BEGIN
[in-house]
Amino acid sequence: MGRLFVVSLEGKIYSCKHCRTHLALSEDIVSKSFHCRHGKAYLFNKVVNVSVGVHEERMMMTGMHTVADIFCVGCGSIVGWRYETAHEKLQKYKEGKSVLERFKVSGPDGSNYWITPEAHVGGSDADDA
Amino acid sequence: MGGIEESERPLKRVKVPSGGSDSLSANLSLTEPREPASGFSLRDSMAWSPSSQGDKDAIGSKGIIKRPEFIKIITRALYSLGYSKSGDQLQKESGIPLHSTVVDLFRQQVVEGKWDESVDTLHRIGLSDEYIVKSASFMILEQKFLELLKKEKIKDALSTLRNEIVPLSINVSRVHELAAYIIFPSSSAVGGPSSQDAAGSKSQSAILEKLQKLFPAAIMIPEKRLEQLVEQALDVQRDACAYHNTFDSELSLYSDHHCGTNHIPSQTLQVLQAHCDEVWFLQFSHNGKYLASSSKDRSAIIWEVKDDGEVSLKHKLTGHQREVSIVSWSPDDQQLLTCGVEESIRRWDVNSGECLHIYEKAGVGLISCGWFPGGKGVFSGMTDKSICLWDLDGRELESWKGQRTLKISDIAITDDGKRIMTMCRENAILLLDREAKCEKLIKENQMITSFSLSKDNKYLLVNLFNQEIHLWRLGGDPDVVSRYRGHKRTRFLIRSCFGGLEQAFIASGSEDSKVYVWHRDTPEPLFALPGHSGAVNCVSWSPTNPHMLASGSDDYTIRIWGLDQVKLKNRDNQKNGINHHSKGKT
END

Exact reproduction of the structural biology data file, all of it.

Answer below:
[in-house]
Amino acid sequence: MGRLFVVSLEGKIYSCKHCRTHLALSEDIVSKSFHCRHGKAYLFNKVVNVSVGVHEERMMMTGMHTVADIFCVGCGSIVGWRYETAHEKLQKYKEGKSVLERFKVSGPDGSNYWITPEAHVGGSDADDA
Amino acid sequence: MGGIEESERPLKRVKVPSGGSDSLSANLSLTEPREPASGFSLRDSMAWSPSSQGDKDAIGSKGIIKRPEFIKIITRALYSLGYSKSGDQLQKESGIPLHSTVVDLFRQQVVEGKWDESVDTLHRIGLSDEYIVKSASFMILEQKFLELLKKEKIKDALSTLRNEIVPLSINVSRVHELAAYIIFPSSSAVGGPSSQDAAGSKSQSAILEKLQKLFPAAIMIPEKRLEQLVEQALDVQRDACAYHNTFDSELSLYSDHHCGTNHIPSQTLQVLQAHCDEVWFLQFSHNGKYLASSSKDRSAIIWEVKDDGEVSLKHKLTGHQREVSIVSWSPDDQQLLTCGVEESIRRWDVNSGECLHIYEKAGVGLISCGWFPGGKGVFSGMTDKSICLWDLDGRELESWKGQRTLKISDIAITDDGKRIMTMCRENAILLLDREAKCEKLIKENQMITSFSLSKDNKYLLVNLFNQEIHLWRLGGDPDVVSRYRGHKRTRFLIRSCFGGLEQAFIASGSEDSKVYVWHRDTPEPLFALPGHSGAVNCVSWSPTNPHMLASGSDDYTIRIWGLDQVKLKNRDNQKNGINHHSKGKT